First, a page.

(2.) THE question, therefore, that arises for consideration, as already indicated, is whether the varomdar has possession of the land entrusted to him for paddy cultivation and whether such possession would clothe him with the right to keep away from the property, everybody else including the jenmi. For a proper and full consideration of the question, we have necessarily to turn back and examine the various enactments at least from act I of 1957 which have a direct bearing on the question. THE legal position before Act 1 of 1957 was that a'pankupattomdar' had no possession of the land and he was entitled only to a share of the crop as set forth in the agreement between him and the landlord, or according to the custom that prevailed in regard to such mode of cultivation. In Act 1 of 1957, Varomdar' is defined as: "a person who under the system known as varom, pathivarom, pankuvarom or pankupattom or by any other name, has agreed, whether in writing or not, with the owner or other person in lawful possession of any land to cultivate the land and share with him the produce of the land". In interpreting the scope and limits of the possessory powers enjoyed by the varomdar by virtue of the above provision in the enactment, a Single Bench of this court held in Balan v. State of Kerala (1959 klt. 885 (2)) that the owner is in lawful possession of the land and that the only right which the 'varomdar' gets under the agreement is the right to cultivate the land and share the produce. Since then, Act 4 of 1961 (The Kerala Agrarian relations Act, 1960) and Act 1 of 1964 (The Kerala Land Reforms Act, 1963) were passed, which according to the appellant have enlarged the powers of the varomdar and have raised his status to that of a "tenant" with fixity of tenure. After the passing of Act 4 of 1961 this question came up again before another Single Bench of this court in Dudachan v. Sreenivasa Kini (1962 klt. 1) and there it was held that a varomdar has possession of the land. In para 5 of the judgment the learned judge would observe: "the learned advocate of the respondent takes objection to this line of reasoning. According to him, the varomdar under Act 4 of 1961 has only two" rights, namely, the right to fixity of tenure and the right to purchase the land occupied by him under varom. He goes even to the extent of contending that the varomdar has no possession of the land he is holding under the varom arrangement. This contention, I mean the contention that the varomdar has no possession of the land held by him in varom, is evidently untenable, because S. 2 (40) specifically lays down that the occupation of land by a varomdar is possession. I fail to understand why the benefits contemplated by the Act to a varomdar should be confined to the right of fixity of tenure and to the right to purchase the lands with him under varom. The respondent's learned advocate further contends that the land held by a varomdar under a varom arrangement is not a holding. I do not see any force in this contention either. S. 2 (15) defines 'holding' as a parcel or parcels of land held under a single transaction by a tenant from a landlord. If a varomdar is a tenant, which undoubtedly he is under S. 2 (50) (i) (h), then a varom arrangement regarding a parcel of land between the varomdar and the landlord is certainly a holding under S. 2 (15 ). I do not find any escape from the position that the legislature intended to confer the status of a tenant on the varomdar and the several provisions of the Act indubitably point in that direction. "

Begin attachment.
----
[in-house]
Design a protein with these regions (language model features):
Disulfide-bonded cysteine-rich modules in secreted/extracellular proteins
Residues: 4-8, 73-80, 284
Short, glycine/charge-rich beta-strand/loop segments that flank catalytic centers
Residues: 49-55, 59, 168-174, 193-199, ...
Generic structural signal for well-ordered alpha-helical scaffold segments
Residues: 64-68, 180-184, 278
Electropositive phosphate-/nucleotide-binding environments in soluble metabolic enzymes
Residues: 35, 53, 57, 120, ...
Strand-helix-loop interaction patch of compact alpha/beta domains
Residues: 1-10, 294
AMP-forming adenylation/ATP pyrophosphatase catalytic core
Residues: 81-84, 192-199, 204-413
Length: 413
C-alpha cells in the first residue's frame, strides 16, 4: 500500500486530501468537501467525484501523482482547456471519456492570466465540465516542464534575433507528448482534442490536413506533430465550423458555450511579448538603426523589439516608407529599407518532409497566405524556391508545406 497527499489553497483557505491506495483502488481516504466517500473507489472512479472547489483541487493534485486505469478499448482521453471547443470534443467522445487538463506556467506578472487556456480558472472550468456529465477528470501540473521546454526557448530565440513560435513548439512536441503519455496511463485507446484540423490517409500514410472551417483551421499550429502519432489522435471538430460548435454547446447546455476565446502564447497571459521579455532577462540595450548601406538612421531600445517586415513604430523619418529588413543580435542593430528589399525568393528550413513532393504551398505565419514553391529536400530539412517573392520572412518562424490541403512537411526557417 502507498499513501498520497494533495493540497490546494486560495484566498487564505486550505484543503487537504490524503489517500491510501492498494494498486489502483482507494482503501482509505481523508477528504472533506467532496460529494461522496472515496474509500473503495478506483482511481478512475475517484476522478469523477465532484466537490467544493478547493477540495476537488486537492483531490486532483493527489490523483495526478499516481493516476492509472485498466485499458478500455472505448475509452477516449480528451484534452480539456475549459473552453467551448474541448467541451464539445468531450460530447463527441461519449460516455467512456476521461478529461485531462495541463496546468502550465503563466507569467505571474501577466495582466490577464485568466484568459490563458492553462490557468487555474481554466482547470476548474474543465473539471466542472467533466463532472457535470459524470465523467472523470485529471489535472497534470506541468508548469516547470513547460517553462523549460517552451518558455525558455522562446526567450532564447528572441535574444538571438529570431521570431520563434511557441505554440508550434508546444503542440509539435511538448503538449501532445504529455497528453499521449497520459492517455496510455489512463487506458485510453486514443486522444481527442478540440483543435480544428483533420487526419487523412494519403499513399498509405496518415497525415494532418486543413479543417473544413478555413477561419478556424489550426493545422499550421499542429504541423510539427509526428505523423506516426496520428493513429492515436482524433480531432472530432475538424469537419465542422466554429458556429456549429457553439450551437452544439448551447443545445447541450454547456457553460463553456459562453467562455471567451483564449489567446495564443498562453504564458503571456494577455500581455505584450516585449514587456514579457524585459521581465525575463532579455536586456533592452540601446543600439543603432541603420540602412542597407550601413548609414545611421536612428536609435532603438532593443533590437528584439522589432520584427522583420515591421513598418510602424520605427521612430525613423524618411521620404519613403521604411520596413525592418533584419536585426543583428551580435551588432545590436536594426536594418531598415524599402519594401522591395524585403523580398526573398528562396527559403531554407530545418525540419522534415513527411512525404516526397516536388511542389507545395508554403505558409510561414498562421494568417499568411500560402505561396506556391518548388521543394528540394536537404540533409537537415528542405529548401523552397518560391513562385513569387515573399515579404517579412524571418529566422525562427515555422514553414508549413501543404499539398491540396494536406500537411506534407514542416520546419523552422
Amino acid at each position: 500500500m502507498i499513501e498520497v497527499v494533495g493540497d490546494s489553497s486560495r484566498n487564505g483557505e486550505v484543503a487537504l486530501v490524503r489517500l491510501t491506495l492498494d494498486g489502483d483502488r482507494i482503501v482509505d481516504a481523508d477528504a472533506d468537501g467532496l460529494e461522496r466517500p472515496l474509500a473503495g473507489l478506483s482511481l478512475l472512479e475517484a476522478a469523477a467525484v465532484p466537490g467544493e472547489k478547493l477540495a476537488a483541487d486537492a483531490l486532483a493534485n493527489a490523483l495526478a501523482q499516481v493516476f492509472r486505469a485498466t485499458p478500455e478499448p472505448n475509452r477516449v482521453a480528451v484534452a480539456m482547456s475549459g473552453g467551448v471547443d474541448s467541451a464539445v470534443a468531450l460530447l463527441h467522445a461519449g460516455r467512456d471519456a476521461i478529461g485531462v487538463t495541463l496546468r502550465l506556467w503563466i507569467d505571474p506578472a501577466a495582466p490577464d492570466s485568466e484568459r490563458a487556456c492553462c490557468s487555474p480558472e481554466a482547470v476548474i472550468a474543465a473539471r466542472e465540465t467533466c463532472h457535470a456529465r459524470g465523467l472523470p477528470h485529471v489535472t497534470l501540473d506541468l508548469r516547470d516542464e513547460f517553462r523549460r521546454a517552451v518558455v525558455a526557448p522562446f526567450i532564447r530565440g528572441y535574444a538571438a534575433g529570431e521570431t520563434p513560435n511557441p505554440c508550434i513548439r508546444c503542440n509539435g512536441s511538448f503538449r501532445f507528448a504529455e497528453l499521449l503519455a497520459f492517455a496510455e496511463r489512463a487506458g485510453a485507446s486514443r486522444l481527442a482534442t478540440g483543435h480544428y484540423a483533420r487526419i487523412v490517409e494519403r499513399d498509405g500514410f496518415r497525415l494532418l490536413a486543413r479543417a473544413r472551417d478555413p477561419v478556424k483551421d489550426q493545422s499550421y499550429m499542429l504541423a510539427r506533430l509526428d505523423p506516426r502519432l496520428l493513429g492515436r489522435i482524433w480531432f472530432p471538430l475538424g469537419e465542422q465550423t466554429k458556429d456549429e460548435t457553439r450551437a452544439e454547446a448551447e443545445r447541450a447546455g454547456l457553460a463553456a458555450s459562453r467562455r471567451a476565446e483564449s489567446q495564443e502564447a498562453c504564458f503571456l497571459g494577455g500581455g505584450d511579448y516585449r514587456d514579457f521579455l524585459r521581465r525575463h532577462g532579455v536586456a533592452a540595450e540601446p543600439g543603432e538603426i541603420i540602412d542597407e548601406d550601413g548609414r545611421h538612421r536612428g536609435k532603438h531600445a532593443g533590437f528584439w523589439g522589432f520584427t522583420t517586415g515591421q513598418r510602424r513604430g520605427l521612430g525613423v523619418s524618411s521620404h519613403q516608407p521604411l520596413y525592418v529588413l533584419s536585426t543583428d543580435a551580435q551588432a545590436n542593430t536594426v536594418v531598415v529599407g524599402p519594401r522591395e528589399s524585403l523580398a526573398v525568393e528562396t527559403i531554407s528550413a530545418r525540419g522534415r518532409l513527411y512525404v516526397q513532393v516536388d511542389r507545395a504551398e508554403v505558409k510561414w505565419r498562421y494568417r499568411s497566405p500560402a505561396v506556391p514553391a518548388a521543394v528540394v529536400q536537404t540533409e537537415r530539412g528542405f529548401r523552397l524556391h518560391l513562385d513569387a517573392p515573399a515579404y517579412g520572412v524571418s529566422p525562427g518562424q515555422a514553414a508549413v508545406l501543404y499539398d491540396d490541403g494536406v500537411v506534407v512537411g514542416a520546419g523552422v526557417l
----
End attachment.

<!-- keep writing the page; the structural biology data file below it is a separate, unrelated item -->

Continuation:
(3.) THIS was followed by another Single Bench decision 1963 KLT. 408 where the view taken in 1959 KLT. 885 (2) (cited supra) was reiterated and the learned judge observed: "clauses (54) and (55) of S. 2 of Act 4 of 1961 make it clear that a varomdar has, as such, only the right to cultivate the land in question with paddy (and in the absence of some other contract which would not be part of the varom arrangement, no right of fishing which is the right the petitioner claims) and that the person under whom he holds is the person in possession under law. Clauses (40) makes it equally clear that a varomdar like any other licensee has only a right of occupation which is not possession in the legal sense of that word although it is called possession for the purposes of the Act, and a varomdar being made a tenant under clause (50) only by the device of an inclusive definition it does not follow that he satisfies the definition in the body of the clause as a person allowed to possess and to enjoy the land. ". It is in this background that we have now to approach the question. The status of a tenant has now been conferred on the varomdar and he is now entitled to all the rights and privileges which the Act (Act 1 of 1964) has conferred on the "tenant". S. 2 (57) of Act 1/64 defines a 'tenant' as a person who has paid or has agreed to pay rent or other consideration, for his being allowed by another to possess and enjoy the land of the latter and under S. 10 the varomdar has also been brought under the above category. The varomdar has thus the right "to possess and enjoy' the land. From the expression 'in lawful possession' appearing in S. 2 (60) where 'varom' is defined, it was argued that even after the creation of a varom tenure the possession would continue with the landlord only, for all legal purposes. We do not think that the above expression used in S. 2 (60) could be interpreted in that manner. S. 2 (60) runs: "'varom" means an arrangement for the cultivation of nilam with paddy and sharing the produce, made between the owner or other person in lawful possession of the nilam" This, in our view, can mean only the person who was in lawful possession at the time the varom arrangement was entered into; in other words, the person who can grant varom may fall under either of the two categories, i. e. , the owner, or other person in lawful possession like the lessee, sub-lessee, manager of a joint family, karnavan of a tarwad etc. Such persons alone can lawfully enter into a varom arrangement. A trespasser, for instance though in possession cannot make a varom agreement since his possession is not lawful possession; he is only in unlawful possession. The expression 'lawful possession can qualify only the latter, i. e. "other person" and not the owner. Owner's possession will always be lawful possession. 'possession' is defined in S. 2 (45) in these terms: It "possession" in relation to land includes occupation of land by a person deemed to be a tenant under S. 4, 5, 6, 7, 8, 9 or 10. " We have already seen that varomdar has been salvaged and brought into the fold of the real tenant by S. 10. So the possession in relation to land must enure to his benefit also. Learned counsel for the respondents argued that possession under S. 2 (45) connotes only a limited possession for the purposes of the Land Reforms Act and it is not possession for all legal purposes. We saw from S. 2 (57) that a tenant is allowed to possess and enjoy and we have also seen from S. 10 that a varomdar has been given the status of a tenant and it must necessarily follow that the legal incidents which flow from possession in relation to a "tenant" must enure to the varomdar also since he too has been brought under the category. It is true that the status of a tenant is conferred on the varomdar by the device of a deeming provision but that does not disqualify him from claiming the benefits, rights and privileges that a normal tenant is entitled to claim under the Act. He is a "cultivating tenant" and the land held by him is a "holding" and he can apply to the Land Tribunal for fixation of fair rent and he has also the right under S. 53 to purchase the landlord's rights. His rights are also heritable and alienable as is seen from S. 50. None of these incidents would attach itself to a licensee. It would, therefore, be improper to equate the varamdar with a licensee. A licensee under certain circumstances is revocable by the grantor. The rights possessed by a varomdar, on the other band, are not subjected to any such limitations. His possession is entitled to the same protection, as the possession of a tenant under the Kerala Land reforms Act. This would account for the absence in the Act of protective measures which we see in Act 30 of 1958. That Act was in amendment of Act 1/57. Under Act 1 of 1957 we saw that the varomdar had no possession, but he had the right to cultivate. Being one not in possession of the land for all legal purposes, his right to cultivate had to be protected; in other words, the limited or restricted possession that he enjoyed had to be safeguarded against inroads or interference from others including the landlord. Hence by way of amendment, S. 7-A and 7-B were incorporated. S. 7a (1) confers upon a person claiming to be in possession and cultivating the land, the right to apply to the Tahsildar if prevented or obstructed from cultivating the land that he is entitled to cultivate, and the Tahsildar is given the power to restore him to possession and under sub-section (3) the person obstructing is made liable to punishment with imprisonment for a term which may extend to 6 months or with fine which may extend to Rs. 500/- or with both. These penal provisions are absent in the present Act for the obvious reason that they are unnecessary since the possessory rights now held by the varomdar would normally entitle him to protection under the ordinary penal law of the lands On a careful consideration of the various provisions of the Act it is difficult for us to see that the possession of the varomdar is in any way abridged or inferior to the possession of the land by the other tenants. The possession considered in the two sets of rulings quoted above was: (1) possession for purposes of paying the tenant's dues in kind or in money at his option; and (2) possession of land in the interval between the harvest and the raising of the crop for the next term (the question considered in the latter case was whether possession of the varomdar would entitle him to fishing at a time when the land is not subjected, to paddy cultivation ). In the present case on the other hand we are concerned with possession for purposes of raising the paddy crop and whether such possession would invest the varomdar with the right to maintain an action in criminal trespass against the owner.;